What is whisky?
Whisky is the general name for a distillate that has aged at least three years and one day in oak barrels and contains at least 40% alcohol. The ‘Single Malt’ indication may only be used for whisky distilled in one distillery and with only one type of grain, more specifically 100% malted barley. Most preferably, the mash is distilled in copper pot stills. The shape of these pot stills and the double distillation determines the eventual taste and character of the distillate. The pure and clear spirit (distillate) that remains after this slow distilling process is then aged in wooden barrels for several years. Scotland has a rich whisky distilling tradition. Distilleries in other parts of the world have also specialised in distilling whisky. ‘Whisky’ is therefore not a protected designation of origin but can be distilled anywhere.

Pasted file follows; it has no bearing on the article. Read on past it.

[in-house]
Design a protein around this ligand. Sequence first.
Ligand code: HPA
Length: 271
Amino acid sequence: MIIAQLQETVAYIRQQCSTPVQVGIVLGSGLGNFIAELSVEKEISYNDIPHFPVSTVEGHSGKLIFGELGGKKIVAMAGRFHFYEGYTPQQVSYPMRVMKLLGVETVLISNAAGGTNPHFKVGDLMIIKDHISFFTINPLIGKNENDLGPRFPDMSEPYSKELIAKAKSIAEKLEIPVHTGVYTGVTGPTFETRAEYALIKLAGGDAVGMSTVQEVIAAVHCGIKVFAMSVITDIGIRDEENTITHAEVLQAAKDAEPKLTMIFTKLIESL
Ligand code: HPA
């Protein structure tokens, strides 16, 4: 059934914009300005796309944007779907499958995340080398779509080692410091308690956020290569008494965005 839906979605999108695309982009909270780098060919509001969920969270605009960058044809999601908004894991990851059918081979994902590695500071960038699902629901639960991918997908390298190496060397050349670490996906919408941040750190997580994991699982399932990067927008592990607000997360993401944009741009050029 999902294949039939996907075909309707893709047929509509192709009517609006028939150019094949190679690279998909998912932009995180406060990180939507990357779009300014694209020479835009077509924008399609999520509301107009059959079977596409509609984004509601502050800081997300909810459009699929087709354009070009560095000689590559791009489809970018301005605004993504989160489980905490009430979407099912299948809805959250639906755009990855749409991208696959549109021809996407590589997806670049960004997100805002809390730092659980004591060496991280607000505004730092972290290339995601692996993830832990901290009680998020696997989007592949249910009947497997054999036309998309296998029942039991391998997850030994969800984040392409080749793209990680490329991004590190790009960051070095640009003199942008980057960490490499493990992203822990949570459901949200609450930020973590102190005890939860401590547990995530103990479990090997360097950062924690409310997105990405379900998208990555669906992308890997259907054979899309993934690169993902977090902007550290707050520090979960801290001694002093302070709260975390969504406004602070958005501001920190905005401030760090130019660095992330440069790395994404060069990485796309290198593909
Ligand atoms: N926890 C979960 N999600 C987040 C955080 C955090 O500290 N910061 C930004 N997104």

Glossary of terms
Angels' Share: The fragrant part of the distillate that evaporates from the wooden barrels during the aging process.
Mash: A traditional mash comprises malted barley and water. After fermenting this mash is distilled in copper pot stills.
Malt: Germinated and dried barley, the starch of which is converted into malt sugar.
Pot still: A copper vessel with a Lyne arm at the top which becomes a coil. The alcohol vapours are cooled in this coil and by condensation you end up with a clear fluid, the spirit (the distillate).